The CBO’s projection of the Senate uninsured rate, compared to the House’s of 23 less insured, is largely due to how the premiums tax credits are set up.
“It certainly makes me more concerned”, Senator Bill Cassidy, a Louisiana Republican, said on CNN after the score was released. NPR’s Scott Horsley joins us now.
But the Congressional Budget Office’s estimate on the cost and impact of the bill isn’t doing the Republicans any favors. So where do they think these coverage reductions are coming from?
SCOTT HORSLEY, BYLINE: Ari, the biggest drop would be in Medicaid. The national group acknowledges not all states agree with the group’s position, which says proposed Medicaid changes would “transfer risk, responsibility and cost to the states of historic proportions”. This bill would shrink it. As a result of the surcharge, it said, two million fewer people would enroll, and the people most likely to be deterred would be those who are healthy. The move is a counter-intuitive way to get people coverage.
The budget scorekeeper said Monday that next year, 15 million more people would be uninsured under the Senate’s measure because Obamacare’s individual mandate that forces a penalty on the uninsured would be eliminated. This is it. This is the only bill that you’re going to get a chance to vote for that does that.
HORSLEY: Well, it doesn’t help. Just this evening, since this report came out, we’ve had one Republican senator – Susan Collins, a moderate Republican from ME – say definitively that she will not vote for this Senate bill.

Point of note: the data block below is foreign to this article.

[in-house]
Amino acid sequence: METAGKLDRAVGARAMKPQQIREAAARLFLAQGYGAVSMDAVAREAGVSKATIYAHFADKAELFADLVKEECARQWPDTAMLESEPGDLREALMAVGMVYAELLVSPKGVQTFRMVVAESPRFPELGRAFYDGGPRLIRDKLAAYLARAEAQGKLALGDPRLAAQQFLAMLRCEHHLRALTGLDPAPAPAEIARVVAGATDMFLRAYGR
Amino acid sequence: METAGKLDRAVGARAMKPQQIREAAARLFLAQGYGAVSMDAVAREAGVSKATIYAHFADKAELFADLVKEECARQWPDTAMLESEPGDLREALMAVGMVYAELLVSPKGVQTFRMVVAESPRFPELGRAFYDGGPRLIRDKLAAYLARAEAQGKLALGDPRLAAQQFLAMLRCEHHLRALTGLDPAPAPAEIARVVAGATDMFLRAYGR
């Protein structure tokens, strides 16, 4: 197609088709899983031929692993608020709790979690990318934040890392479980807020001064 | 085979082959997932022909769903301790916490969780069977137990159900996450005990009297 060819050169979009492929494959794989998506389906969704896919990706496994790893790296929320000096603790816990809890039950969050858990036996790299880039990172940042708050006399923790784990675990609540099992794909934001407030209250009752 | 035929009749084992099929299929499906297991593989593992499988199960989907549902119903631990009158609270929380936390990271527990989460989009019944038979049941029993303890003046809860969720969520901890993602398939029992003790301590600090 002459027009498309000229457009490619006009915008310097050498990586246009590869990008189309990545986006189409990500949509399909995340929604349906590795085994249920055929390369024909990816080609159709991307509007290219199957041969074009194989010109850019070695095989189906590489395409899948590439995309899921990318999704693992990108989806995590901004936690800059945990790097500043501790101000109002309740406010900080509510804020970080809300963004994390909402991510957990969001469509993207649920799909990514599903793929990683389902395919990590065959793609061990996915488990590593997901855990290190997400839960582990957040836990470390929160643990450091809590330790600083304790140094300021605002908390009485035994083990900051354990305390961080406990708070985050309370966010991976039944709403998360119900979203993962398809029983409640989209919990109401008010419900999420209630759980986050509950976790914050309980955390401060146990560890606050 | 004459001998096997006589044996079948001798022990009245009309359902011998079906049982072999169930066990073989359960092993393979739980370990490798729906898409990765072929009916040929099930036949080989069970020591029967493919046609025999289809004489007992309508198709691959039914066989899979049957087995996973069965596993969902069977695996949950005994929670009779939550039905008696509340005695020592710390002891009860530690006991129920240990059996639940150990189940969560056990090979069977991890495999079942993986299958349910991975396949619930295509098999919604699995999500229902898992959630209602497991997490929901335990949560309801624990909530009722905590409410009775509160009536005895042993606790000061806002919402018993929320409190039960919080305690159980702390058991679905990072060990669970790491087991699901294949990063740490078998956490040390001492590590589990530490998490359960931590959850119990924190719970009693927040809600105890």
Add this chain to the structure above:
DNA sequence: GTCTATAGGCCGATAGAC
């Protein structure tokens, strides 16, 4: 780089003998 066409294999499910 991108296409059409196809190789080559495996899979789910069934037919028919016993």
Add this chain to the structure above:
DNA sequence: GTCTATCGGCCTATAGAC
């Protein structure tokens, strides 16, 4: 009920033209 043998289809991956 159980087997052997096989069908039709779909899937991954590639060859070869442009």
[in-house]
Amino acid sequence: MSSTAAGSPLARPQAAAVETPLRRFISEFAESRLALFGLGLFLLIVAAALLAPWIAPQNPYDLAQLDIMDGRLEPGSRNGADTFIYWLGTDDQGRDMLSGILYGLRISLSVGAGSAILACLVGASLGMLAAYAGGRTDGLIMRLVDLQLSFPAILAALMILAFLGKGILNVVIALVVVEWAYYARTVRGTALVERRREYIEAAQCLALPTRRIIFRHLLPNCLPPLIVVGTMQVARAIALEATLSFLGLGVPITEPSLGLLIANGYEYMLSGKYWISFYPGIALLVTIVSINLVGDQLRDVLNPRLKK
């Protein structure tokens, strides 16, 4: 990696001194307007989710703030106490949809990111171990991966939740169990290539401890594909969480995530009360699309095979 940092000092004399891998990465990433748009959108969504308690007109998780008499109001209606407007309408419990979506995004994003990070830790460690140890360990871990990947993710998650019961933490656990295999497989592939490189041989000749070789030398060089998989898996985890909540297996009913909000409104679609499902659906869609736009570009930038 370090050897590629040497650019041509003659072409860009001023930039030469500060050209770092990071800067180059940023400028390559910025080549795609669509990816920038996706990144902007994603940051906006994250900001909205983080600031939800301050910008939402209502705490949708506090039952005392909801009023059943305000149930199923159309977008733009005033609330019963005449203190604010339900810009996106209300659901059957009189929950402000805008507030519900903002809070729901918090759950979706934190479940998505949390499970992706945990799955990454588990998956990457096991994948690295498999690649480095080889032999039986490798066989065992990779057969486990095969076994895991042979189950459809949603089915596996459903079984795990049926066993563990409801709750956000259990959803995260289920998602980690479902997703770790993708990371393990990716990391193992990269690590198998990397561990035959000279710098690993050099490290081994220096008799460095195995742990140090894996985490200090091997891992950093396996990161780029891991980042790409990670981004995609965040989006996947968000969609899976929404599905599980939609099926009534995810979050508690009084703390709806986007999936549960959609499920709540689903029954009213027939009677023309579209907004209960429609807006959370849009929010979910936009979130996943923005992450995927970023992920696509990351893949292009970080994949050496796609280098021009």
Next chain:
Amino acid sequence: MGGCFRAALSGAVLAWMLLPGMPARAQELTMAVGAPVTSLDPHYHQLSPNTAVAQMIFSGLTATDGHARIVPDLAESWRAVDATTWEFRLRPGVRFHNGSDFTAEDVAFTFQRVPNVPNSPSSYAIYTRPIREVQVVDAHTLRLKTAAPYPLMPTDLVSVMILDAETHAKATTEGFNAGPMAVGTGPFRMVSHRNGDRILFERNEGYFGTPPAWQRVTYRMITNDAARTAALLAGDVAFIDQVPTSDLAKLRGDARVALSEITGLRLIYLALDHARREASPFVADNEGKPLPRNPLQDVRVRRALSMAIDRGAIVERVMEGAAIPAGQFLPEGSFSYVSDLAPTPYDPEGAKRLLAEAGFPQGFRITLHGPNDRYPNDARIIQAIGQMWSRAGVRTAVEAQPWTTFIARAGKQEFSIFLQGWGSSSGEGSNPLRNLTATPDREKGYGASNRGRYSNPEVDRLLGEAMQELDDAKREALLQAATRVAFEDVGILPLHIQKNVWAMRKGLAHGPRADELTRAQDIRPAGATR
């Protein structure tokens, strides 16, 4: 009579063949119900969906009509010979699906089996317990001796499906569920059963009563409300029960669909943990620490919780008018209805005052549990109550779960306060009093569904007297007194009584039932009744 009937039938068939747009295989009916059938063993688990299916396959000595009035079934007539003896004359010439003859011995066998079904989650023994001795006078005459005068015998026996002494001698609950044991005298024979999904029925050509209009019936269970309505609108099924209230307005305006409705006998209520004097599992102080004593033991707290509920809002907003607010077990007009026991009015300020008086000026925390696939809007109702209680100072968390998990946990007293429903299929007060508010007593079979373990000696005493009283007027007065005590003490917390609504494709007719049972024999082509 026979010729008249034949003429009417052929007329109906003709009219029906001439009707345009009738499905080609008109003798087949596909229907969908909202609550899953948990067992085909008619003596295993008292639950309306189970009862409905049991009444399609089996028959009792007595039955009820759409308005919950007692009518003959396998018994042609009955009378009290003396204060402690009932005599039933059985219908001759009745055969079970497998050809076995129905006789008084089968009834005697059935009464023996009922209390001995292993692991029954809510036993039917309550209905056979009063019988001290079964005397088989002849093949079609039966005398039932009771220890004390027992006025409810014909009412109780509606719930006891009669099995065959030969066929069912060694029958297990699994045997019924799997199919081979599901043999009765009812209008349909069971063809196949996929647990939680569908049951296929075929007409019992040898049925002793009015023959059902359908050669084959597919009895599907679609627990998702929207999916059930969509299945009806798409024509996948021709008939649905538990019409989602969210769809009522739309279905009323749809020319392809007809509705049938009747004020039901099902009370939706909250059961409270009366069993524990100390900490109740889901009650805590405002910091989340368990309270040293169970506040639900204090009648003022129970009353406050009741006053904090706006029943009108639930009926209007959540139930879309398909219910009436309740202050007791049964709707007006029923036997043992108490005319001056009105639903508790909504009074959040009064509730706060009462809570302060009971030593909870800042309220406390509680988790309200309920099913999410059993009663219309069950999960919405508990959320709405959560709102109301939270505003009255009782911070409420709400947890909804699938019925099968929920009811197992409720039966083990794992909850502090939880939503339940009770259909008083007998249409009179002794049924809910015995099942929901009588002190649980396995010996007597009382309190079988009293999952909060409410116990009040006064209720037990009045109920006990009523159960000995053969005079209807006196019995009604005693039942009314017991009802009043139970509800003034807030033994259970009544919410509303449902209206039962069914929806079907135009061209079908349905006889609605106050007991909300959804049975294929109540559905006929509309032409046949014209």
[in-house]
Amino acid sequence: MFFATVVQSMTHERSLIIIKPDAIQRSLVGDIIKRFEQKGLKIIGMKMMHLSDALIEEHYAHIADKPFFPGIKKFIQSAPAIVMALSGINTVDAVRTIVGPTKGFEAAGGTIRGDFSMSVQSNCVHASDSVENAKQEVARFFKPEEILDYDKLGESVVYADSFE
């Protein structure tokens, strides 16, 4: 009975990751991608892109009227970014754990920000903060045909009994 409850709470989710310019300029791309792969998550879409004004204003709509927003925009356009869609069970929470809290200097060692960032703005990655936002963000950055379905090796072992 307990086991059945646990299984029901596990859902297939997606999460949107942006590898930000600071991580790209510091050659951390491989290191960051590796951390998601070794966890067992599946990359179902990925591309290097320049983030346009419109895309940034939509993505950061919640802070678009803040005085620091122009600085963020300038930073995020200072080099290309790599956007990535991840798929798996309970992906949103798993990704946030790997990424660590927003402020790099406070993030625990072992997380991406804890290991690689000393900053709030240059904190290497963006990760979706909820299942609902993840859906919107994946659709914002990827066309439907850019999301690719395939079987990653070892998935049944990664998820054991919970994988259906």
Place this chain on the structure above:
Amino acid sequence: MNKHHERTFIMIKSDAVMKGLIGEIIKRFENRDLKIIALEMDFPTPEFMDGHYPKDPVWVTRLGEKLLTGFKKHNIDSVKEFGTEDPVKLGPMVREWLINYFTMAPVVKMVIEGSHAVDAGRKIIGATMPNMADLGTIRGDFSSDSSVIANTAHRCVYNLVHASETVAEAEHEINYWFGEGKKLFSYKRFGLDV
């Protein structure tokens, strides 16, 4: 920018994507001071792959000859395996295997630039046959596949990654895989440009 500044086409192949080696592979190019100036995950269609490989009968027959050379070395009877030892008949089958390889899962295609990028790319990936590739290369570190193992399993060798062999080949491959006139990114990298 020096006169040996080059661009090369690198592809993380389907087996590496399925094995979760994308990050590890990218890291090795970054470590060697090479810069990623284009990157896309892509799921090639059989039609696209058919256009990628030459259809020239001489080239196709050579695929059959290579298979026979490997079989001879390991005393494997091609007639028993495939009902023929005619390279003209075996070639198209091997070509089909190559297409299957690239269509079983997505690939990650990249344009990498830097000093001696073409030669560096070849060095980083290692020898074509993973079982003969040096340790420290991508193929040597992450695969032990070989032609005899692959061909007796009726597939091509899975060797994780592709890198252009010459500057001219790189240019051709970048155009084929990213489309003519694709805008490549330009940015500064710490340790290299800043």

The legislation intends to repeal and replace the Affordable Care Act, otherwise known as Obamacare, and has already faced tough criticism from Democrats like Sen. All of us, including Republicans whose constituents depend on Medicaid to survive, must work together to see that this bill is defeated. And remember, Ari, that Republicans have very little margin for error here.
To pass, the bill needs at least 50 of the Senate’s 52 Republican senators to vote for it, but several Republican senators have publicly expressed disapproval of the bill. Five GOP senators – four conservatives and a moderate – have said they oppose the measure McConnell unveiled last week.
In subsequent tweets, Collins specifically pointed out the CBO’s analysis on people losing insurance, Medicaid cuts, and access to health care in rural areas. “I can not support a piece of legislation that takes insurance away from tens of millions of Americans and hundreds of thousands of Nevadans”, said Heller.
“The House bill was extremely problematic in how it thought about markets”, said Amanda Starc, associate professor at Northwestern University’s Kellogg School of Management.
SHAPIRO: And this bill would not only roll back the Affordable Care Act.
Like the House version, the Senate proposal would phase out Obamacare’s expansion of Medicaid and change the program’s funding from an open-ended entitlement to a fixed budget.
The AMA said it was especially concerned with a proposal to put the Medicaid healthcare programme for the poor on a budget, saying this could “fail to take into account unanticipated costs of new medical innovations or the fiscal impact of public health epidemics, such as the crisis of opioid abuse now ravaging our nation”.